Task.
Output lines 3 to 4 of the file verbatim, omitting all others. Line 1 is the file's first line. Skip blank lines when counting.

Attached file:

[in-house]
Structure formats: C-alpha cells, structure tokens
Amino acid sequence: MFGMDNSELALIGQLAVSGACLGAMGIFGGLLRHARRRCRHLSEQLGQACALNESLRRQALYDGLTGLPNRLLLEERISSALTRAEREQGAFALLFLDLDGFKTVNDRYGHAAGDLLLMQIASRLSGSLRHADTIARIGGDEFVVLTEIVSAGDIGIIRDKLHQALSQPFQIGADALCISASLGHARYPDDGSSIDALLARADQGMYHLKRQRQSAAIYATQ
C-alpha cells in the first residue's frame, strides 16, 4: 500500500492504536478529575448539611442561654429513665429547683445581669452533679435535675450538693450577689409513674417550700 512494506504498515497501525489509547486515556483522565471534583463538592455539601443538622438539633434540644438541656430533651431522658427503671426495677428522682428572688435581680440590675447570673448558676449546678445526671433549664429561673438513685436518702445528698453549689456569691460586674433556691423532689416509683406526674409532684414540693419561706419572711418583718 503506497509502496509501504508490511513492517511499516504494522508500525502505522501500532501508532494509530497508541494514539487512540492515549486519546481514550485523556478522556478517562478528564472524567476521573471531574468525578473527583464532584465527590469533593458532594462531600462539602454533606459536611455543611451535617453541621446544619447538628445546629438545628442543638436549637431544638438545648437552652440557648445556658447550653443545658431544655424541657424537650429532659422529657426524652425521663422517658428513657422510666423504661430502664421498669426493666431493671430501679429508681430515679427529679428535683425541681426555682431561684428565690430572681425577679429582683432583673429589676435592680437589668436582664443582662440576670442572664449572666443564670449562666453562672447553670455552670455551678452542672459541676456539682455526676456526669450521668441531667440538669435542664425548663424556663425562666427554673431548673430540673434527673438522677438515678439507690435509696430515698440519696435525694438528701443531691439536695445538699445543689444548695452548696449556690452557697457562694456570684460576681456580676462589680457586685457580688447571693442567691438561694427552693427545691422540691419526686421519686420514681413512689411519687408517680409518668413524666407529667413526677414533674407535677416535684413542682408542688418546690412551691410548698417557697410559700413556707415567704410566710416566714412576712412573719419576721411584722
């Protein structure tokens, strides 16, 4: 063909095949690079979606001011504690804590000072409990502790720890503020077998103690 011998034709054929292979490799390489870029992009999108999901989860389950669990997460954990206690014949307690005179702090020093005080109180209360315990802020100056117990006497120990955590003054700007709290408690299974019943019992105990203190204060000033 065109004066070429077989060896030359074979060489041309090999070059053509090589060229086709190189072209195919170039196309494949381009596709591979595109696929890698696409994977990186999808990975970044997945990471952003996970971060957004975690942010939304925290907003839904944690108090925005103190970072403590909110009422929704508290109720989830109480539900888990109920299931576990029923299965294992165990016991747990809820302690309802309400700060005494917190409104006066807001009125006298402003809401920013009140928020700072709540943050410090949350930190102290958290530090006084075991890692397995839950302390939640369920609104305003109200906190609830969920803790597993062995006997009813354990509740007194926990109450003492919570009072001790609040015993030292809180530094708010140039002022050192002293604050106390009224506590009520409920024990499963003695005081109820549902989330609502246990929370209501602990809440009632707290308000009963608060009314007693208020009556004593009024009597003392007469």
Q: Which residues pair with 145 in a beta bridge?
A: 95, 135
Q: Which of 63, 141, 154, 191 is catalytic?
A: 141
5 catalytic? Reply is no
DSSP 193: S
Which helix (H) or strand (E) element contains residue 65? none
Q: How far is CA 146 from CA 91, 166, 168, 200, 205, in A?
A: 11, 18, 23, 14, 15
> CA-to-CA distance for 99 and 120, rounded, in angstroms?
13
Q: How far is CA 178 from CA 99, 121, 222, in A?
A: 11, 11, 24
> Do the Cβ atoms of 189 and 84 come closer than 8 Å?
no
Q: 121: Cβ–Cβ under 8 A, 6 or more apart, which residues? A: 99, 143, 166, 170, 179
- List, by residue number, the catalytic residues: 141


Amino acid sequence: MFGMDNSELALIGQLAVSGACLGAMGIFGGLLRHARRRCRHLSEQLGQACALNESLRRQALYDGLTGLPNRLLLEERISSALTRAEREQGAFALLFLDLDGFKTVNDRYGHAAGDLLLMQIASRLSGSLRHADTIARIGGDEFVVLTEIVSAGDIGIIRDKLHQALSQPFQIGADALCISASLGHARYPDDGSSIDALLARADQGMYHLKRQRQSAAIYATQ
C-alpha cells in the first residue's frame, strides 16, 4: 500500500492504536478529575448539611442561654429513665429547683445581669452533679435535675450538693450577689409513674417550700 512494506504498515497501525489509547486515556483522565471534583463538592455539601443538622438539633434540644438541656430533651431522658427503671426495677428522682428572688435581680440590675447570673448558676449546678445526671433549664429561673438513685436518702445528698453549689456569691460586674433556691423532689416509683406526674409532684414540693419561706419572711418583718 503506497509502496509501504508490511513492517511499516504494522508500525502505522501500532501508532494509530497508541494514539487512540492515549486519546481514550485523556478522556478517562478528564472524567476521573471531574468525578473527583464532584465527590469533593458532594462531600462539602454533606459536611455543611451535617453541621446544619447538628445546629438545628442543638436549637431544638438545648437552652440557648445556658447550653443545658431544655424541657424537650429532659422529657426524652425521663422517658428513657422510666423504661430502664421498669426493666431493671430501679429508681430515679427529679428535683425541681426555682431561684428565690430572681425577679429582683432583673429589676435592680437589668436582664443582662440576670442572664449572666443564670449562666453562672447553670455552670455551678452542672459541676456539682455526676456526669450521668441531667440538669435542664425548663424556663425562666427554673431548673430540673434527673438522677438515678439507690435509696430515698440519696435525694438528701443531691439536695445538699445543689444548695452548696449556690452557697457562694456570684460576681456580676462589680457586685457580688447571693442567691438561694427552693427545691422540691419526686421519686420514681413512689411519687408517680409518668413524666407529667413526677414533674407535677416535684413542682408542688418546690412551691410548698417557697410559700413556707415567704410566710416566714412576712412573719419576721411584722